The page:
[Tex/LaTex] Workflow for reviewing PDFs generated from TeX


I am currently letting friends and family spellcheck my thesis written with LaTeX.
Since my markup is macro-heavy and not all of them have ever used another editor but MS Word, I cannot let them work with the source files directly.

What is the best way for them to review the PDF and send me comments, so that I can quickly integrate them back into my .tex files?

Some of them have Adobe Acrobat at work and can send me annotated PDFs, but at least 50% of the time of fixing the changes is searching the exact position of the missing comma or mistake.

Is there a (preferably cross-plattform) solution that would make their and my life easier?

Best Answer

PDFSync is the way to go. Also, compile your thesis with the lineno package for line numbering (you can find it on CTAN with docs).

When anyone annotates your PDF and send it to you, PDFSync will allow you to just click on the passage in the PDF in order to open your LaTeX file in the corresponding position. It will save a lot of time when searching for missing commas and such things. For people that cannot annotate your PDF, they can refer to page and line number (thanks to lineno), and that will also greatly speed up your ability to find the place you need to do corrections, because you can just open your own PDF, and thanks to PDFSync you will be able to open the LaTeX source in the right place.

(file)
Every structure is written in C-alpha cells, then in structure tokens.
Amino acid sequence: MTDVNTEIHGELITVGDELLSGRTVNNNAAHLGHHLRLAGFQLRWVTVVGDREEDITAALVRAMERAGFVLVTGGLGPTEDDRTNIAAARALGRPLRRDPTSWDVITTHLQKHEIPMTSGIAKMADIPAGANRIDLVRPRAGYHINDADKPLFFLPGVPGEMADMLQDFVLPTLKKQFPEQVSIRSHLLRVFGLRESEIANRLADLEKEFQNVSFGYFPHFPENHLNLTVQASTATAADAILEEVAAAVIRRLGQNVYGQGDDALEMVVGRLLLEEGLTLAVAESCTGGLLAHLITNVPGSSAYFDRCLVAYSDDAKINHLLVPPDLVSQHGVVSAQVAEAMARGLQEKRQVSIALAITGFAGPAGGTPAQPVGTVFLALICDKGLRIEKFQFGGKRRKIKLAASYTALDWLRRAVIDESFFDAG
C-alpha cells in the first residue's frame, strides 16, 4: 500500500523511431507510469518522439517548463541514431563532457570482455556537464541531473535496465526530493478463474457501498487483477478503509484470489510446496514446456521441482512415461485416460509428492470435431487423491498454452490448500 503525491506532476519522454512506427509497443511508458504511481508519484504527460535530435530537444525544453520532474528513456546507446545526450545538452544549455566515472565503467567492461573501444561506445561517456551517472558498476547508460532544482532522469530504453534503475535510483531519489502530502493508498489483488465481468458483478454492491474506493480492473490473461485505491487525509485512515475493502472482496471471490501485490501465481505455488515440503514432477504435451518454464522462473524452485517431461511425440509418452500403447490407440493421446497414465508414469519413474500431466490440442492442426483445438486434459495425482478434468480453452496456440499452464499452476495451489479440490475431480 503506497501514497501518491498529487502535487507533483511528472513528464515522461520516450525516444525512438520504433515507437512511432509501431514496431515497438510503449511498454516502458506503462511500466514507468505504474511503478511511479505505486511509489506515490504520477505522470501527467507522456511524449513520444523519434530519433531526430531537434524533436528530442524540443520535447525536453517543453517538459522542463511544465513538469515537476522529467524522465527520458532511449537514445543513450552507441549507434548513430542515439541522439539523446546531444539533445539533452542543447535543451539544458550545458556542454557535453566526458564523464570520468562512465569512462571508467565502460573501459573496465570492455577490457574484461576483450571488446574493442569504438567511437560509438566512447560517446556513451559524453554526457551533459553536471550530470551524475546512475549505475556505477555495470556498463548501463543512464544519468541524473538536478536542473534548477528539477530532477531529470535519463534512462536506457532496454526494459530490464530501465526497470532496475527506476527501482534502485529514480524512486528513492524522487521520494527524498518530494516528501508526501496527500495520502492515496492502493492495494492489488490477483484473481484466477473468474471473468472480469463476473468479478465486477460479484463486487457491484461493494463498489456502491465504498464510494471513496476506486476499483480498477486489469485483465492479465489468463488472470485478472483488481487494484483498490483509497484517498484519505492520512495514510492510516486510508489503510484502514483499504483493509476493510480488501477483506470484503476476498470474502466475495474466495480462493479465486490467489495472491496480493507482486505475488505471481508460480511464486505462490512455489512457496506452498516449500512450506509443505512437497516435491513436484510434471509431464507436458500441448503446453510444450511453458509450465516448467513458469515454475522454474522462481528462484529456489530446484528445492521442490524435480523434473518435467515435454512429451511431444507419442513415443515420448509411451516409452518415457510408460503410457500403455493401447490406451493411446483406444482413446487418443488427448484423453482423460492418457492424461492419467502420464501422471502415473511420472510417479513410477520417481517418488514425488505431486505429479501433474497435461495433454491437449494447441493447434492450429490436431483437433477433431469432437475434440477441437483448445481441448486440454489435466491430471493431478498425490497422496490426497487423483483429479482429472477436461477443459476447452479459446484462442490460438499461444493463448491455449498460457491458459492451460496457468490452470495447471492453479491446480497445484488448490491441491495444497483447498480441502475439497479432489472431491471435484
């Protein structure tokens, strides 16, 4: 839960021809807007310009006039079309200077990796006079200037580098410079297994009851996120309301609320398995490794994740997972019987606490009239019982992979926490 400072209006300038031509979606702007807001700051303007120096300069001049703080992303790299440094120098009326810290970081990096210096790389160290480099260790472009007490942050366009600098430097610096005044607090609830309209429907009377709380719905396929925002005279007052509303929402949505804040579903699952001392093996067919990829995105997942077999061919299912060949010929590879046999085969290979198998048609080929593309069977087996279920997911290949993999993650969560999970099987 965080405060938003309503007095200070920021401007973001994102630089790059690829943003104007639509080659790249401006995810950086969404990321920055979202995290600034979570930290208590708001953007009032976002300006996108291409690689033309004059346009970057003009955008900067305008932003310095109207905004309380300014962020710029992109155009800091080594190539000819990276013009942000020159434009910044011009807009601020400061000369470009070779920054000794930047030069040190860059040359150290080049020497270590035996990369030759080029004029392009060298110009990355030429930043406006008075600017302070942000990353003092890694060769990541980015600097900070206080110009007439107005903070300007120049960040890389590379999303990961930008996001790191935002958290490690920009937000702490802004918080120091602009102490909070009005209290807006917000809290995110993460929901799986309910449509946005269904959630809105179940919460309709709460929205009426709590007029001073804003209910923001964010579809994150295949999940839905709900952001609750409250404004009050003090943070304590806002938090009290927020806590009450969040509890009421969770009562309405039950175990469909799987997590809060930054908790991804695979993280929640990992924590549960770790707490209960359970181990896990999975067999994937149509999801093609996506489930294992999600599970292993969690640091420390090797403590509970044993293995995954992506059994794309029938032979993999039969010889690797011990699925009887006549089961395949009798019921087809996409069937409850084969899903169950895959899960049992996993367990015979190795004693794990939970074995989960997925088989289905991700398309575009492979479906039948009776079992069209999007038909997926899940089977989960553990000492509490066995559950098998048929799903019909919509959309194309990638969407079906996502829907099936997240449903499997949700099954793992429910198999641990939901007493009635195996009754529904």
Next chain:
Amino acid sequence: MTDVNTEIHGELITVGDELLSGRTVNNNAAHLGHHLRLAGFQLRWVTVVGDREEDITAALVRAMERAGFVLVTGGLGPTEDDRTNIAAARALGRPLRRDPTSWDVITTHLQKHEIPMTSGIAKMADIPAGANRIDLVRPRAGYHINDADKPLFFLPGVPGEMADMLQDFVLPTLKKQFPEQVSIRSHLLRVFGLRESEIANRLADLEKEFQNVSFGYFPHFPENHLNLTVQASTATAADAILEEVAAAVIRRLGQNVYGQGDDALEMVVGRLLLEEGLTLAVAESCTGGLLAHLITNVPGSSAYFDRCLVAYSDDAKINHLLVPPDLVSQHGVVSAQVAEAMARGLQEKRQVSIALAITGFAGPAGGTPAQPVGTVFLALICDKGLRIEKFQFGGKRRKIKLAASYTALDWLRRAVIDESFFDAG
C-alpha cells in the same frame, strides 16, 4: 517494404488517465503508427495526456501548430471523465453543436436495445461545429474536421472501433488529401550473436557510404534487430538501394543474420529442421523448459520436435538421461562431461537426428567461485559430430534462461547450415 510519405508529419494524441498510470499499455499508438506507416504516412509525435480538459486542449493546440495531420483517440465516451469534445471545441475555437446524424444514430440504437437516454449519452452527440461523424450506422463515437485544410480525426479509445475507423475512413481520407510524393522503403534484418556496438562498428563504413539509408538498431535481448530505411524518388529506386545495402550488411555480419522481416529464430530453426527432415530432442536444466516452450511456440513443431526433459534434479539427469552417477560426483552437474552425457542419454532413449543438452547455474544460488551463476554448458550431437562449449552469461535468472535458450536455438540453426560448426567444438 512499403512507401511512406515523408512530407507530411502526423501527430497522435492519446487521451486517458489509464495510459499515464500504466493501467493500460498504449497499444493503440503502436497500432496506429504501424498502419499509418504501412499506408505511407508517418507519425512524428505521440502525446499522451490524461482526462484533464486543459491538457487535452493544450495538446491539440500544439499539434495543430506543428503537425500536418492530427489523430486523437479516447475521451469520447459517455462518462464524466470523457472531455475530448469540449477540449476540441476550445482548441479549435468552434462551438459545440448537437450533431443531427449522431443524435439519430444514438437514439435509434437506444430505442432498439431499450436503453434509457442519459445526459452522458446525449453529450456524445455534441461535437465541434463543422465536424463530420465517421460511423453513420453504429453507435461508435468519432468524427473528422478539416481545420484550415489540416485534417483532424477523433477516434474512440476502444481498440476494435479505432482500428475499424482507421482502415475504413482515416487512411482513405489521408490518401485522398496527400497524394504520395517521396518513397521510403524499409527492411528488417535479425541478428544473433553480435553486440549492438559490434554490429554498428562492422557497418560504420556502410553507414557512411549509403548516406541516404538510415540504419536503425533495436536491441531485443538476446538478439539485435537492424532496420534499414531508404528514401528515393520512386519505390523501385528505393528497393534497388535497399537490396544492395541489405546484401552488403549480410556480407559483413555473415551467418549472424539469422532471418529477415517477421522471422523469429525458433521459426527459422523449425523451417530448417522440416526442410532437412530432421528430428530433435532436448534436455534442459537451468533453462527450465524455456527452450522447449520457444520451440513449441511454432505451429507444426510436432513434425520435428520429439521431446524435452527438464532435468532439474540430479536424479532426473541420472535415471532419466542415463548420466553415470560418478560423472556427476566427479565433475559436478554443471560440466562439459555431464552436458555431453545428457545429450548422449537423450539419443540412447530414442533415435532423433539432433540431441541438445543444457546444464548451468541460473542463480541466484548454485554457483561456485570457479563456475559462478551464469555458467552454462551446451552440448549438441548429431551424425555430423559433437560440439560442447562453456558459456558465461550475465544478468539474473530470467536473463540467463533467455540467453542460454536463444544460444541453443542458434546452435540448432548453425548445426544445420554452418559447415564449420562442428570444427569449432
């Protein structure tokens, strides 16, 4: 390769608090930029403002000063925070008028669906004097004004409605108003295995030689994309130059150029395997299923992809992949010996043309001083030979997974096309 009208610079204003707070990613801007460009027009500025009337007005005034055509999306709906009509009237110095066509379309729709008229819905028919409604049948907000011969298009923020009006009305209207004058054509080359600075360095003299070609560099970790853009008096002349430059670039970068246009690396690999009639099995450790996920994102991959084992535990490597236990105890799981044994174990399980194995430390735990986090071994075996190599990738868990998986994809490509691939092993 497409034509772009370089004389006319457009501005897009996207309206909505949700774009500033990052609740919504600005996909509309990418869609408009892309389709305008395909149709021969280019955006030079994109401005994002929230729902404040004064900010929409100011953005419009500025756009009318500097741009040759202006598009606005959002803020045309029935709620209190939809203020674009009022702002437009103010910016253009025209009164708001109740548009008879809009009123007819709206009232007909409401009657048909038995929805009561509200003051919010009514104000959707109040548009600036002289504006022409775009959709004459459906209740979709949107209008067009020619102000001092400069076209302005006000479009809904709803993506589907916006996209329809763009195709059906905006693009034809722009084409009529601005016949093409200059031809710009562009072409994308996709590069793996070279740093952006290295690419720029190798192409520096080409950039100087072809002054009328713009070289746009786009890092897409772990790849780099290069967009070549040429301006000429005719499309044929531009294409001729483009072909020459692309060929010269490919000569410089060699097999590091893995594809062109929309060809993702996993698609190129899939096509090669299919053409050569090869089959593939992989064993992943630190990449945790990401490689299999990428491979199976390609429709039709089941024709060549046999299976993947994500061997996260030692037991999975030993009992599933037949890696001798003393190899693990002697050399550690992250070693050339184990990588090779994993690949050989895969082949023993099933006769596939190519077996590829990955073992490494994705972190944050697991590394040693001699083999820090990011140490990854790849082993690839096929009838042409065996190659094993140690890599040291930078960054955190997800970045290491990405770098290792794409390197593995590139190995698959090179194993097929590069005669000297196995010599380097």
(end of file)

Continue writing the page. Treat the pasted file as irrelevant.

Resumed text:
This is what I do now for my LaTeX writing, and it works wonders when passing review versions around to co-authors. Moreover, line numbers are used by APS when they send proofs for papers about to be published (not sure why they don't do it for referee versions too, but ...), and that makes the communication of typesetting errors much easier.